While the possibility cannot be ruled out of ESCRT components directly cooperating with retromer to form recycling tubules (note that SNX-BAR, Snx3, and Snx27 are not required for Mega transport), an indirect mechanism is favored linking ESCRT and retromer in this transport pathway. Analysis of the aberrant endosomal compartments induced upon Shrub depletion revealed that they are enriched in endosomal organizers such as Rab5 and Rab7, which could potentially interfere with retromer-dependent export when their activity at the limiting membrane is unrestrained. While the role of Rab7 in endosomal recruitment of the CSC is well established, the necessity for Rab7 GDP/GTP cycling during retromer-dependent carrier generation is still under debate. Rab7 and its GTPase-activating protein (GAP) Tbc1d5 are interaction partners of the CSC and can modulate its capability to retrieve endosomal cargo. For example, interfering with Rab7-GTP hydrolysis by Tbc1d5 depletion yielded defects in retromer-dependent transport in HeLa cells. Strikingly, under these conditions, retromer cargo was trapped in CSC-coated endosomes, paralleling the current observation of Mega subcellular localization upon ESCRT depletion. Similarly, by exposing the interplay between the CSC component Vps29, Tbc1d5, and Rab7 in adult Drosophila brains, the authors of a recent study reported the capability of endosomal Rab7 to interfere with retromer CSC function in vivo (Pannen, 2020).

While the exact mechanism rendering retromer dysfunctional at Drosophila class E compartments remains to be determined, the data support the mounting pool of evidence that ESCRT is required for multiple endosomal retrieval pathways. It is therefore likely that aspects of the pleiotropic ESCRT phenotype in metazoans stem from defective export of proteins from the endosomal system. For example, in Drosophila, leaky SJ could support ESCRT-mediated neoplastic transformation by permitting diffusion of signaling molecules within the imaginal disc tissue (Pannen, 2020).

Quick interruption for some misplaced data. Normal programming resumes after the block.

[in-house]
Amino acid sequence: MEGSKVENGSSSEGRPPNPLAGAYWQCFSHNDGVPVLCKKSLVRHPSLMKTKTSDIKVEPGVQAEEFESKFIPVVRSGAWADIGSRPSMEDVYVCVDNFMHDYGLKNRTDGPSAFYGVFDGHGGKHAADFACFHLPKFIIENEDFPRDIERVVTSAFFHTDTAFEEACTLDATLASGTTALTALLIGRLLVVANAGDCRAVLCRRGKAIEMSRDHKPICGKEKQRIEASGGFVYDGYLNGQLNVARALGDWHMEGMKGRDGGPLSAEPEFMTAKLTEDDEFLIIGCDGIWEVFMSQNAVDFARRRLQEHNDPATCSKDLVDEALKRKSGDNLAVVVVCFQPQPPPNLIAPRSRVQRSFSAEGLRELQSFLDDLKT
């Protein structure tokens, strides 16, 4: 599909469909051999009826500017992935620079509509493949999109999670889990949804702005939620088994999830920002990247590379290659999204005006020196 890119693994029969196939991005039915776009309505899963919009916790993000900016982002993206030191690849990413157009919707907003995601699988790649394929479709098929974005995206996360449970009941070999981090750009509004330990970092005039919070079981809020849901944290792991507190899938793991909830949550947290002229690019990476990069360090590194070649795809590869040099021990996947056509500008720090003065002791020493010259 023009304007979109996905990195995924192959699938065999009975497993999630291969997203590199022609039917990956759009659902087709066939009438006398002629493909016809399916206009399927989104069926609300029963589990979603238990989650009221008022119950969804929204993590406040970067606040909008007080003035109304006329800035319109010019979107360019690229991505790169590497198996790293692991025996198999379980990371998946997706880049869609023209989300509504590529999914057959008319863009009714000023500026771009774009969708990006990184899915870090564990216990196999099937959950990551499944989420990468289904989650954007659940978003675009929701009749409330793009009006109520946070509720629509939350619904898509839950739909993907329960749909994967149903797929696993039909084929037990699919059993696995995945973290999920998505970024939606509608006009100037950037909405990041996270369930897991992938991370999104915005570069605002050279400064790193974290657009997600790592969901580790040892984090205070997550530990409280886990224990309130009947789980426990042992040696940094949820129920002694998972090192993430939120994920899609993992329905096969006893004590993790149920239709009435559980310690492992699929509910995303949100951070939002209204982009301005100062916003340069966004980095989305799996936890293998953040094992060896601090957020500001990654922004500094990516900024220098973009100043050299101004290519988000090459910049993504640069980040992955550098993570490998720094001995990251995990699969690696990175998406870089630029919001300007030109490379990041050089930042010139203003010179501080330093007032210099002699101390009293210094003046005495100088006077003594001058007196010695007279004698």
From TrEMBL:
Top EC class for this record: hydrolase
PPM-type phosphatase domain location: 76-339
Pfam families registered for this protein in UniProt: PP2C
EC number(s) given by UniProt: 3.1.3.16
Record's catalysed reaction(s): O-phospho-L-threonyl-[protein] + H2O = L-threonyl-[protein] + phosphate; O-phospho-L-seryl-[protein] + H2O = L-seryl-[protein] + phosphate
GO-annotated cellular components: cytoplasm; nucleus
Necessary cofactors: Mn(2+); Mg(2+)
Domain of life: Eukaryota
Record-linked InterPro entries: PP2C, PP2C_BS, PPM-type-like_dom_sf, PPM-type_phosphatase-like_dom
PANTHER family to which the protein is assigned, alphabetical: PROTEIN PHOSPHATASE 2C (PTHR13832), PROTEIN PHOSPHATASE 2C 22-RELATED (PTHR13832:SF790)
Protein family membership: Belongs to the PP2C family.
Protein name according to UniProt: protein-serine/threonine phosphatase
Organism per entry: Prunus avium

This study found that biosynthetic delivery of Mega depends on a transcytosis-like mechanism from the basodistal to the apical plasma membrane. This long-distance transport required sequential action of endocytic (clathrin, dynamin, Rab5) and endosomal (ESCRT, retromer CSC) machineries. Importantly, the finding that overexpressed HA-Mega is unable to reach the SJ in absence of retromer and ESCRT function is in agreement with biosynthetic delivery of Mega relying on endosomal function. Therefore, although the possibility that Mega transiently passes the Golgi after endocytosis at the basodistal membrane cannot be excluded, the unconventional transcytosis model is favored. Strikingly, while retromer-dependent endosomal recycling has been extensively documented, only one mammalian cell culture study implicated retromer in transcytosis from one membrane domain to another. Thus, SJ delivery of Mega in imaginal discs represents a novel physiological role of retromer to study this process in vivo. The finding that CSC-mediated anterograde transport of Mega is independent of retromer-associated sorting nexins indicates that this transcytosis pathway is distinct from many established CSC-dependent routes and suggests that it may require unknown cofactors (or does not require endosomal tubulation) (Pannen, 2020).